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Powershell -contains

I am struggling to figure out why the -contains options when searching through an array works for one array and not for another?

I'm trying to use the neat method here: http://technet.microsoft.com/en-us/library/ee692798.aspx

The Code:

$arrColours = "Black","Blue","Green"
if ($arrColours -contains "Black"){Write-Host "True"}

$arrServices = Get-Service | Select-Object name

$arrservices[0] #show first element

if ($arrServices -contains "Alerter"){Write-Host "True"}else{Write-Host "False"}

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The results:

True

Name                                                                                          
----                                                                                          
Alerter  
                                                                                   
False


So, it finds the colour, but when I try to load services, and see if a certain service exists in the array it does not work?

I think it has something to do with the type of array, but I don't know how to convert the array to an array of strings?

Any help would be great,

Thanks

Shaun
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shauncroucher
Asked:
shauncroucher
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1 Solution
 
Bryan ButlerCommented:
I'm not sure what's up with that, but how about this:

$arrColours = "Black","Blue","Green"
if ($arrColours -contains "Black"){Write-Host "True"}
$arrServices = Get-Service | Select-Object name
$arrservices[0] #show first element
if ($arrServices |?{$_.name -eq "Alerter"){Write-Host "True"}else{Write-Host "False"}
 
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shauncroucherAuthor Commented:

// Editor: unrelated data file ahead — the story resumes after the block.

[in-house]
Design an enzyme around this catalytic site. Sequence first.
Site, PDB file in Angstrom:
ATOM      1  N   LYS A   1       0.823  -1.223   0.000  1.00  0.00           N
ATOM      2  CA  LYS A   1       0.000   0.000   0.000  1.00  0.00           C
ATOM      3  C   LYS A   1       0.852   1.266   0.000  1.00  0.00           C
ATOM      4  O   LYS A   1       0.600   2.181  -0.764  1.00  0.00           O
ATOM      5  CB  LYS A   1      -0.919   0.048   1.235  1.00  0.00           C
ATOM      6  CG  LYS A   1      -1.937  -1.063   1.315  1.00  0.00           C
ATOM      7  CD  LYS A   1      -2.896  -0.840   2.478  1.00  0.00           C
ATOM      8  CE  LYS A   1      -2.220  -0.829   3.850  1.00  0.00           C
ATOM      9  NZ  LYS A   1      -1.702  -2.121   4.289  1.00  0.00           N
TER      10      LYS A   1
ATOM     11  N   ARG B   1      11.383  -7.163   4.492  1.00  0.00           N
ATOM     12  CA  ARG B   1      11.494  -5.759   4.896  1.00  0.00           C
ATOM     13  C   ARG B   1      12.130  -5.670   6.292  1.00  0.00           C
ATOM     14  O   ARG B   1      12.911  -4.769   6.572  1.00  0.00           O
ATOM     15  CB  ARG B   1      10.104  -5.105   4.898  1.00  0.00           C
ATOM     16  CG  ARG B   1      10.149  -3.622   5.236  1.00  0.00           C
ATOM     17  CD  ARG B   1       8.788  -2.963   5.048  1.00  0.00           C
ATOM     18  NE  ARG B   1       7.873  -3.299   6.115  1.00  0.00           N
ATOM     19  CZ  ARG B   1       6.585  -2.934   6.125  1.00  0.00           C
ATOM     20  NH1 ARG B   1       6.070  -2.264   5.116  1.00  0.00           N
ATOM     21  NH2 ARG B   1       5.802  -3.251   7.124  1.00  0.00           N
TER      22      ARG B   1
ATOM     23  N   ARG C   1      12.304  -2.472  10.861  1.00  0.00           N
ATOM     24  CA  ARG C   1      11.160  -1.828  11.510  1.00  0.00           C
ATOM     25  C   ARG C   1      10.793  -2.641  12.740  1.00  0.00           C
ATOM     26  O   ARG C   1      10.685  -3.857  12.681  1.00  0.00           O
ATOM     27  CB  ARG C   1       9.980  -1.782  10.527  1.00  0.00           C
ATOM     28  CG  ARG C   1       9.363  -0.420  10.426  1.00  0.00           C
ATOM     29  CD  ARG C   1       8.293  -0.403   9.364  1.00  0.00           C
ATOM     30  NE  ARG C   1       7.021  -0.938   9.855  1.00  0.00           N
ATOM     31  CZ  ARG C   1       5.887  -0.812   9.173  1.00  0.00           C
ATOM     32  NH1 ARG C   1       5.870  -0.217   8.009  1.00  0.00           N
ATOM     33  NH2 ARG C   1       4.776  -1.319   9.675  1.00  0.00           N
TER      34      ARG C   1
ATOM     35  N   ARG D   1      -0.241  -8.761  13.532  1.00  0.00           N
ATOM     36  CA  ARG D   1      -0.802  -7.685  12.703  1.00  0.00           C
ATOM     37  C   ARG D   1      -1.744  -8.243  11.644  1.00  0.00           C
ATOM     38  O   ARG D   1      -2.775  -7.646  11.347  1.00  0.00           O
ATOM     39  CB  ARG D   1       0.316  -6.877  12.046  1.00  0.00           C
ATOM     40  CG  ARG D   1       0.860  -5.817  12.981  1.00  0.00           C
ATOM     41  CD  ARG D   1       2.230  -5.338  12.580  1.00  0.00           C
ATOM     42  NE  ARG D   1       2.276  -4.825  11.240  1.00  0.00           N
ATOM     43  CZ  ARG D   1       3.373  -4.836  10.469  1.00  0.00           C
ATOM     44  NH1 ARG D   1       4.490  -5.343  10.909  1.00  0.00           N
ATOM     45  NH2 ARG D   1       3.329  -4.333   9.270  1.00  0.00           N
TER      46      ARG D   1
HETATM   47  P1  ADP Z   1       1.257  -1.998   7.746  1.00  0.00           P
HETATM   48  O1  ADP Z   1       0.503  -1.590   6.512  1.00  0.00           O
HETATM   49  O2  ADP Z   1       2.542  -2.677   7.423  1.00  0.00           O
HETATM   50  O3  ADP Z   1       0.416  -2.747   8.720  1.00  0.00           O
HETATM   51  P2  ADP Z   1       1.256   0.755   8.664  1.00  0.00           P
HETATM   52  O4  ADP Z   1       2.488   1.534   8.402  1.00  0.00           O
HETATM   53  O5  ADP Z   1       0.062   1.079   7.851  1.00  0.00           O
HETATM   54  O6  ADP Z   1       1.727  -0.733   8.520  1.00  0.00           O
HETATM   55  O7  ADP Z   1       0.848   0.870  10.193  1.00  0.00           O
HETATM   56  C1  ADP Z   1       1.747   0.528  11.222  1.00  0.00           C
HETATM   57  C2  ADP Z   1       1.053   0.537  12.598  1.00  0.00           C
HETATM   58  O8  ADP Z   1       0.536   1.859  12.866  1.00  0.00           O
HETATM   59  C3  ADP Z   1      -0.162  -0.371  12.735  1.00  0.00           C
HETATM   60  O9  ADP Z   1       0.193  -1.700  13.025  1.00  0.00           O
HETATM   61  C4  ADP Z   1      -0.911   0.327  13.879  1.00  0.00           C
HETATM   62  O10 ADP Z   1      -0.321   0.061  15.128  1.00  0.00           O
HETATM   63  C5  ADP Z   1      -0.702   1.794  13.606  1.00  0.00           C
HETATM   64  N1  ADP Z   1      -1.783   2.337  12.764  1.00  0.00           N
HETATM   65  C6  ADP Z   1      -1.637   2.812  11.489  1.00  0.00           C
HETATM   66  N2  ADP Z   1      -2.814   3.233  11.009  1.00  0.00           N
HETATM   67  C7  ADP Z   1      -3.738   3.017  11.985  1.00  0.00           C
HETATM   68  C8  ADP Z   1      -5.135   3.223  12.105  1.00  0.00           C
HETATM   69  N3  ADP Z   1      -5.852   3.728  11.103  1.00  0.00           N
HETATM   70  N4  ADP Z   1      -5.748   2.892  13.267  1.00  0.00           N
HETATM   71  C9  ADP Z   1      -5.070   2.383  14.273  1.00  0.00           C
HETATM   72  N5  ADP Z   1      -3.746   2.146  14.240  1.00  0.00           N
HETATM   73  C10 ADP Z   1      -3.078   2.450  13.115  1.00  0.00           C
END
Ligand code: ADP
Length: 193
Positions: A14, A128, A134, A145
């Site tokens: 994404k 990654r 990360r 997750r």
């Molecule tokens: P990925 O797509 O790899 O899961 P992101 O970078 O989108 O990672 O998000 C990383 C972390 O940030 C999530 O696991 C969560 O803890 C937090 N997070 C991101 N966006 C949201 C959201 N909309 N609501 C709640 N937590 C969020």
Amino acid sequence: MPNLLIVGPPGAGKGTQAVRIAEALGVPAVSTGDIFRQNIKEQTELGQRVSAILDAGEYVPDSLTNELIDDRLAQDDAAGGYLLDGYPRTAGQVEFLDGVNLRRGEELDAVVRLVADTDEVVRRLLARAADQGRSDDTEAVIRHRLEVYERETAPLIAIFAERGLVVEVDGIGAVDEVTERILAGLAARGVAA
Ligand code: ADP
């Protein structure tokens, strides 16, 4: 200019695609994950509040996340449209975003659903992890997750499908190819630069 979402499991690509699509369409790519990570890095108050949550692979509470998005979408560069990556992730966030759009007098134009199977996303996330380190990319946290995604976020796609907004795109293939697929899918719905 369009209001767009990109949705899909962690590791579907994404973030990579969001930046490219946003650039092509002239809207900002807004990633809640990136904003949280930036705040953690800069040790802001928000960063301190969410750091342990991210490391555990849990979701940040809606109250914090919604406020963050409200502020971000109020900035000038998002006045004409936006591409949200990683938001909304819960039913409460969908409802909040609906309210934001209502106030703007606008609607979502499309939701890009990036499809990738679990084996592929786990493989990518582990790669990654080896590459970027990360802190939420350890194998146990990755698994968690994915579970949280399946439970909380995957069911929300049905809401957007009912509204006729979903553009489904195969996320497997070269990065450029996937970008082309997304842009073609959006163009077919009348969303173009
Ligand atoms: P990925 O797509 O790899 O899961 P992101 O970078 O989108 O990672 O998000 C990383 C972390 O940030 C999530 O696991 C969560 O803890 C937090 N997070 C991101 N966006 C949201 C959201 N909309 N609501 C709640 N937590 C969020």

Hi,

Thanks for that, I did test that method and it works but I would prefer not to pipe to where-object if possible, I liked the neatness (and probable efficiency) that the -contains uses.

If anyone know why it doesn't seem to work with an object array, that would be good.

Thanks

Shaun
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Bryan ButlerCommented:
I think you have to use an array of strings with the -contains, so you will have to pipe/loop again to change it somehow as you have an array of object.

You could use "out-string" to convert to one long string and then search it which returns True/False:
(Get-Service | Select-Object name | out-string).contains("serviceName")
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Chris DentPowerShell DeveloperCommented:

It's because $arrServices is an array of objects and you can't implicitly test the name property.

You can get around that when generating the list, returning only the property value. Then you can use contains. Otherwise you're stuck with Where-Object.

Chris
$arrServices = Get-Service | ForEach-Object { $_.Name }

$arrServices[0] # This is a String

if ($arrServices -contains "Alerter"){Write-Host "True"}else{Write-Host "False"}

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shauncroucherAuthor Commented:
Thanks developedtester for your help,

Chris, that's exactly what I was after, thank you. So what is happening here is that the $arrServices variable is loaded with the name property of each Get-Service object, and so holds an array of strings that I can work with.

It makes perfect sense when I look at it like that.

Do you think this would be any more efficient that using the where-object?

Thanks Chris

Shaun
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Chris DentPowerShell DeveloperCommented:

Where-Object is more flexible (because it can deal with the members of an object), but it depends on your aim really. I doubt you'll notice any difference for such a small operation.

Chris
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soostibiCommented:
Or this is even simpler. With 'select-object -expandproperty' you "grabs" the property to one level higher, so it is now 'the' object, not just a property.

$arrServices = Get-Service | Select-Object -expandproperty name  
if ($arrServices -contains "Alerter"){Write-Host "True"}else{Write-Host "False"}

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shauncroucherAuthor Commented:
Chris, you are a master, thanks

Shaun
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